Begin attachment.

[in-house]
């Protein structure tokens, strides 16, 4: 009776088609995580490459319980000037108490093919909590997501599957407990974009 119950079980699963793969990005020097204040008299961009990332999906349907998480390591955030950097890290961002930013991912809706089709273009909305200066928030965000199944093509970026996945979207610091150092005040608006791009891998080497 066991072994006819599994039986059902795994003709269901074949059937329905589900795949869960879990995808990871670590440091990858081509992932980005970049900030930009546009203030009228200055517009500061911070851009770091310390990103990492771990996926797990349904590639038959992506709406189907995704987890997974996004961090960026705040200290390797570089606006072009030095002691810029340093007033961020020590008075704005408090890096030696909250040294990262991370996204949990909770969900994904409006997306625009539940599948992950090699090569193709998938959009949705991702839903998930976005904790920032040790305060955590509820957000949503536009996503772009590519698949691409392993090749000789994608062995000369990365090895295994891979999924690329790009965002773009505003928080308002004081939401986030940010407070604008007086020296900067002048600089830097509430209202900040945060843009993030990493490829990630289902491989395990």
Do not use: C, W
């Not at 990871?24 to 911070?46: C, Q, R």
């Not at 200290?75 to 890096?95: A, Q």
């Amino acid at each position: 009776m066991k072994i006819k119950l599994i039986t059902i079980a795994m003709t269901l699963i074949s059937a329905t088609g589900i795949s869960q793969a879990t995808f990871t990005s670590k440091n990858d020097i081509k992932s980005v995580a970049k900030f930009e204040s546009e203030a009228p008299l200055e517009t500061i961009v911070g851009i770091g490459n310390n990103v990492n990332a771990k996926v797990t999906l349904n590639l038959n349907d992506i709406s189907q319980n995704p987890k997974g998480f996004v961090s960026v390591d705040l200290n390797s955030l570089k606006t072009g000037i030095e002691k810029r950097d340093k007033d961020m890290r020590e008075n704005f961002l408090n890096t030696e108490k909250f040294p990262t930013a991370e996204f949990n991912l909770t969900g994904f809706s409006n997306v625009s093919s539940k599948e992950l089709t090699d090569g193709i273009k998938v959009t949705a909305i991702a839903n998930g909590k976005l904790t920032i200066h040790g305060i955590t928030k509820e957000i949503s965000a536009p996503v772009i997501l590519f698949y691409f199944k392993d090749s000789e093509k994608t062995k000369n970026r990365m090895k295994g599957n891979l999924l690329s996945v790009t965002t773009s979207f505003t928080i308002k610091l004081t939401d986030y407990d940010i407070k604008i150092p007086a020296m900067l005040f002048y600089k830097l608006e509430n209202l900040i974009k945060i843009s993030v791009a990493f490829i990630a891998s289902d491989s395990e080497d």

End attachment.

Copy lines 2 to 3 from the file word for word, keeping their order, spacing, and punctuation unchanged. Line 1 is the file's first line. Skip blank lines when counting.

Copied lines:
């Protein structure tokens, strides 16, 4: 009776088609995580490459319980000037108490093919909590997501599957407990974009 119950079980699963793969990005020097204040008299961009990332999906349907998480390591955030950097890290961002930013991912809706089709273009909305200066928030965000199944093509970026996945979207610091150092005040608006791009891998080497 066991072994006819599994039986059902795994003709269901074949059937329905589900795949869960879990995808990871670590440091990858081509992932980005970049900030930009546009203030009228200055517009500061911070851009770091310390990103990492771990996926797990349904590639038959992506709406189907995704987890997974996004961090960026705040200290390797570089606006072009030095002691810029340093007033961020020590008075704005408090890096030696909250040294990262991370996204949990909770969900994904409006997306625009539940599948992950090699090569193709998938959009949705991702839903998930976005904790920032040790305060955590509820957000949503536009996503772009590519698949691409392993090749000789994608062995000369990365090895295994891979999924690329790009965002773009505003928080308002004081939401986030940010407070604008007086020296900067002048600089830097509430209202900040945060843009993030990493490829990630289902491989395990």
Do not use: C, W